It’s going to happen so you might as well get it out on the table now
I should admit I’ve never seen a complete episode of Rescue Me, ever. I’ve seen bits and pieces at the firehouse, but I have never intentionally sat down to see one episode from start to finish. I’m not much of a television person but I understand the gist of the show and its borderline real-world/Hollywood scenarios. It’s entertainment, so be it.
When I was at the National Fallen Firefighters Foundation’s behavioral health weekend, the clip below was presented on the second day by Dr. Patricia Watson, former Navy clinical psychologist and current Senior Education Specialist with the National Center for PTSD. As it started I admit I thought it was going to be a play on some firefighter, machismo stereotype but I was wrong. Take a moment and watch the video.
Despite the scripted emotion the natural sentiment is real and so is the conflict about what you and others think of the suicidal victim. More recently I was part of a NFFF working weekend to create strategies for dealing with firefighter suicide. Dr. Watson and other experts in the field were on hand to present their latest findings and how they have changed the approach toward the fire service and the tools counseling professionals will need. It was encouraging to see the advances being made and proven in the military. During that time I spoke with a firefighter who was dealing with the suicide of a coworker. A complete surprise, his shift was reeling from the loss AND the attitude of others in the department. He described to me an “it’s over, so move on” stance that was making a bad situation worse. In the end the situation was successfully resolved and became a learning tool for the whole department that I’ll have the privilege to share with you later this year.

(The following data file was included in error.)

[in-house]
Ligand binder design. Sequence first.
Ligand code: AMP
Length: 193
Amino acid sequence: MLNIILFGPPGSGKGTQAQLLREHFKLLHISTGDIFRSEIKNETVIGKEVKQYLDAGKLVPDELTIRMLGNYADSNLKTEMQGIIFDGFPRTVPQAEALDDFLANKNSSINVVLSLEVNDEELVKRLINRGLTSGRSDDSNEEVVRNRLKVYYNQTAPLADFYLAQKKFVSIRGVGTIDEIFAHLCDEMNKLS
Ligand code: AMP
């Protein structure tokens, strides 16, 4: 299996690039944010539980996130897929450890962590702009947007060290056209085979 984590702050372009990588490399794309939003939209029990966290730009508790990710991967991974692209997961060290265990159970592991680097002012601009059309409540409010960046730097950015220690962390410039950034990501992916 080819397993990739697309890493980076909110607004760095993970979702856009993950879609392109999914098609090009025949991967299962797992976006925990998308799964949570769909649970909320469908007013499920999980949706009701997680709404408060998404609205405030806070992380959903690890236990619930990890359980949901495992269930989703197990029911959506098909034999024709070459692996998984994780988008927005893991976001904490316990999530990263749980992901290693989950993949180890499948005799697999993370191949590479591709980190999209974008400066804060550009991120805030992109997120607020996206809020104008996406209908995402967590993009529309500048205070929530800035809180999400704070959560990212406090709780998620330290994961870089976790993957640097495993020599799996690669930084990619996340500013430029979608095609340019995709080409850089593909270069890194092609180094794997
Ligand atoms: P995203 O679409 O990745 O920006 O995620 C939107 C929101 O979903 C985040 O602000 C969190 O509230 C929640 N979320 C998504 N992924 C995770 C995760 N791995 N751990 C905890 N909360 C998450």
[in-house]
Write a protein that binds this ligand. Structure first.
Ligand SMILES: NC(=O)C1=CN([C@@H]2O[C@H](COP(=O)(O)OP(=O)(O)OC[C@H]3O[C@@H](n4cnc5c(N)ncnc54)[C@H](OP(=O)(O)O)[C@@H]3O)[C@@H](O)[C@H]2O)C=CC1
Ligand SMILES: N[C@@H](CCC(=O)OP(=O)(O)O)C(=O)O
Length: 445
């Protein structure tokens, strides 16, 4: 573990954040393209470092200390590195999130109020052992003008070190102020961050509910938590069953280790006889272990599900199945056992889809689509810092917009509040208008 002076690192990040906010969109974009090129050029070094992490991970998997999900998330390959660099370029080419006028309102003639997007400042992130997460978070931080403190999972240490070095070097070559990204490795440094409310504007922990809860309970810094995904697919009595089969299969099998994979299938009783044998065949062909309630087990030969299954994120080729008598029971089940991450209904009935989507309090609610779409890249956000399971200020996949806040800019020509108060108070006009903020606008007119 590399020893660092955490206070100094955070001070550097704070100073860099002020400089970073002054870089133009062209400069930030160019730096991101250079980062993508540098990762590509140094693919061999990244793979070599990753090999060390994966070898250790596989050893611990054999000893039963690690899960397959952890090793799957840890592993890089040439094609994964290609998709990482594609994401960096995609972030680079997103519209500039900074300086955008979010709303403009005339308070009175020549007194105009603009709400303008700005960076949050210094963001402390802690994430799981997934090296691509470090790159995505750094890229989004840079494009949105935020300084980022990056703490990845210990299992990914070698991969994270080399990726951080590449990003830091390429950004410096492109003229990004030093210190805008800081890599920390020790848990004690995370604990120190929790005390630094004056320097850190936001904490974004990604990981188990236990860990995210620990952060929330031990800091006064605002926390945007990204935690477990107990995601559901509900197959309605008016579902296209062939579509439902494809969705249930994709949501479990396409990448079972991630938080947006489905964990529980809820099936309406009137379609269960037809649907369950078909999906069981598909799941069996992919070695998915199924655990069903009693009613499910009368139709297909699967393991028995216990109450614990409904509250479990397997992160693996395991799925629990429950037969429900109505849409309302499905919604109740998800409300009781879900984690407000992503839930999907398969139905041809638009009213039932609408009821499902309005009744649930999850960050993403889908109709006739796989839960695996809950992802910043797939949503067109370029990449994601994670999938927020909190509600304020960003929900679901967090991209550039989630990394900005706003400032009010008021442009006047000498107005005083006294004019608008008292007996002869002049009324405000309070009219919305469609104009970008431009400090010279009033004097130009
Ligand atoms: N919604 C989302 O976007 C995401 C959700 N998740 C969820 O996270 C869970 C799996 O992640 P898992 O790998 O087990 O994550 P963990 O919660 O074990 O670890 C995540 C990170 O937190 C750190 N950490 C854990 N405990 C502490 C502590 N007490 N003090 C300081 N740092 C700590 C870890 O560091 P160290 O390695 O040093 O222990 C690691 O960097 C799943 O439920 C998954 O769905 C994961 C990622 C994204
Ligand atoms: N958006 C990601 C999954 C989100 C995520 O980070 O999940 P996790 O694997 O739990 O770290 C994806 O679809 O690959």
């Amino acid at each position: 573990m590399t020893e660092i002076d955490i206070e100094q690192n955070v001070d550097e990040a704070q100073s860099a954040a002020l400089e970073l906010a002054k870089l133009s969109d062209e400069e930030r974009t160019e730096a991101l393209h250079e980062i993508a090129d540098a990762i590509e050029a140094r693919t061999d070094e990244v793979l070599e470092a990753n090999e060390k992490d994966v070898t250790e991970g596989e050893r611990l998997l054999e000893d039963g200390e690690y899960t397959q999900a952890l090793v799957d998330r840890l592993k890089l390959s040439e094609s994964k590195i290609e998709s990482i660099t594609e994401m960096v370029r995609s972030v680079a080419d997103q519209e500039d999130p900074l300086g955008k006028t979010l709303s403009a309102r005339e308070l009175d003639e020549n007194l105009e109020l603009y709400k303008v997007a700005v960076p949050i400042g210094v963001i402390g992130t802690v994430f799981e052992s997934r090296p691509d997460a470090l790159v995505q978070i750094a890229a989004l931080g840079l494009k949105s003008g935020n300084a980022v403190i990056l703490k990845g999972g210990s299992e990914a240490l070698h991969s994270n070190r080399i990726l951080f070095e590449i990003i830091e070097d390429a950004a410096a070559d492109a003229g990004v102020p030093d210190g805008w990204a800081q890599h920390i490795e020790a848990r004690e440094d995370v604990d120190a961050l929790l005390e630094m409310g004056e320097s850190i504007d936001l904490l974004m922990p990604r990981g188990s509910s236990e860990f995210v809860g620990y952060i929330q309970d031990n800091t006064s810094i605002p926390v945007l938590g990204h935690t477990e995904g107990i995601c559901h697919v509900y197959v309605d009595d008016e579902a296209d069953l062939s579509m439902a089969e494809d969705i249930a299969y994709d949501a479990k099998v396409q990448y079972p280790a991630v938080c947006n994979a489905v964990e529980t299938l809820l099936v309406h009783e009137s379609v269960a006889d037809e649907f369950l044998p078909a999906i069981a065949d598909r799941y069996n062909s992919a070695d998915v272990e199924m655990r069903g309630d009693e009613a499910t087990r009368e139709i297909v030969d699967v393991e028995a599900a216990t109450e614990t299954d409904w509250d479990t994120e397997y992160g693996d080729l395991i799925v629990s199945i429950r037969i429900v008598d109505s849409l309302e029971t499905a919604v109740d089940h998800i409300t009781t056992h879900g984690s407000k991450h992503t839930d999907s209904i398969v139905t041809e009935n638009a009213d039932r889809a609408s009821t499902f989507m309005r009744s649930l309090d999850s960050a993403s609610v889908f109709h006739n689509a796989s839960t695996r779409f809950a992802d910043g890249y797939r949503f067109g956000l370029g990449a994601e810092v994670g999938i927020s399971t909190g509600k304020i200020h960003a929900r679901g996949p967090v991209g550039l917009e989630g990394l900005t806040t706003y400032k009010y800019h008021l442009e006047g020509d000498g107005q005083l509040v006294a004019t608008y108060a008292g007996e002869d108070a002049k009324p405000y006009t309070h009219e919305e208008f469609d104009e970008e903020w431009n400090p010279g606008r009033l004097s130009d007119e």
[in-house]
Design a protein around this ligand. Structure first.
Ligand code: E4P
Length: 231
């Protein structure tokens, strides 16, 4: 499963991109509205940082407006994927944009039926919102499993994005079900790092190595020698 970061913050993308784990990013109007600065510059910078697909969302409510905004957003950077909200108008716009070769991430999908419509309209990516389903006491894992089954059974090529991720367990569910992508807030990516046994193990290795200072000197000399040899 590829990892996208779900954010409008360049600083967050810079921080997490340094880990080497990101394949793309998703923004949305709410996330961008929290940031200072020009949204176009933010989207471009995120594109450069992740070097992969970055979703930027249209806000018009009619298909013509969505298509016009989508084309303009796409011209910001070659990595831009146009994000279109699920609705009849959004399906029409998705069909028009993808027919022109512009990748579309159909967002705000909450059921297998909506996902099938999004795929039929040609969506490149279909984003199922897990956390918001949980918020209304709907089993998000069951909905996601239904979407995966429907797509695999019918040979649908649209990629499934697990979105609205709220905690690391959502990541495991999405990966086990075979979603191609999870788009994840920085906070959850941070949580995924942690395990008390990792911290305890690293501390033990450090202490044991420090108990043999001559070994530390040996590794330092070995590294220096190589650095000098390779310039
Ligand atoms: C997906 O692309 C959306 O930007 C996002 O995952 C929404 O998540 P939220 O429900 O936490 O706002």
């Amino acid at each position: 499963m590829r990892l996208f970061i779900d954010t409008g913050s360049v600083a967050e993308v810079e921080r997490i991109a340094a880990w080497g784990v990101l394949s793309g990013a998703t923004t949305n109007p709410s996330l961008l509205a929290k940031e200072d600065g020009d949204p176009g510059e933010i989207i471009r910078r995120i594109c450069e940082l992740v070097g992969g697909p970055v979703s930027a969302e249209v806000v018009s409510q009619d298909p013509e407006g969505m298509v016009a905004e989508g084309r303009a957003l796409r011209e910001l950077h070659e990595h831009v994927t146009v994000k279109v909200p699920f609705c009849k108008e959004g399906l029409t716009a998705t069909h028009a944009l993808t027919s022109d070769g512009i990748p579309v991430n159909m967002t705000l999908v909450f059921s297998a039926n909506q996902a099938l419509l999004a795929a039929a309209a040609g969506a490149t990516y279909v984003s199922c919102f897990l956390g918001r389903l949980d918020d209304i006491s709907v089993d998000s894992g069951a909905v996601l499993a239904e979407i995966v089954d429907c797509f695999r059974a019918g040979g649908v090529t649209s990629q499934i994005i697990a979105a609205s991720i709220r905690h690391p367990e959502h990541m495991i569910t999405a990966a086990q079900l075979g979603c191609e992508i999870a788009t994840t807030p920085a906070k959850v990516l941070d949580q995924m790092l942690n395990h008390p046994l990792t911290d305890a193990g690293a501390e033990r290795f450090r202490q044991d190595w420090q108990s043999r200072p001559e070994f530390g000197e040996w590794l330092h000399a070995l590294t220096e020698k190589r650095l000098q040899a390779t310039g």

However, the biggest issue I noticed from this friend’s struggle and what I have learned and listened to during those working weekends is this:
A fire department and its members will never be able to successfully deal with the suicide of one of their own if they don’t first talk candidly about suicide.
I’m not saying that everyone has to have a Kleenex session but they do need to flesh out how members would feel if one of their own took his or her life. The company officers and chief officers need to determine how they will manage the stress among the house and how the department will interact with the family. Everything from the simple death notification to the funeral should be up for discussion. We tend to believe that if a firefighter dies, then the department will assuredly step in and take care of the funeral, the wake, the family and memorial anniversaries but a suicide changes all of that. Willie Wines of the Iron Firemen blog has shared his personal struggle and regardless of what you think of it, what Willie experiences is real. If you show up for work some day and learn the Lineman or Tillerman took his own life the night before, your shift will have to deal with surprise, guilt, rage, sadness, shame and the list goes on. The family might want a department funeral or the chief’s office might want to sweep it under the rug. What was your best friend on the job might now be labeled a coward by the others working with you.
There is quite a bit I have lined up to write about this subject, but I strongly believe that until you and the shift have that ‘get it all out on the table’ discussion, very little else is going to make a difference. While there are no hard numbers on firefighter suicide, the current data suggests that when compared to the general population, the fire service is expected to see three times as many suicides as they do line of duty deaths.
Your department should plan now on how you will deal with a firefighter suicide.
“A New Approach to After-Action Reports” Carey, FireRescue Magazine June 2013
Bill Carey is the online public safety news and blog manager with PennWell Public Safety.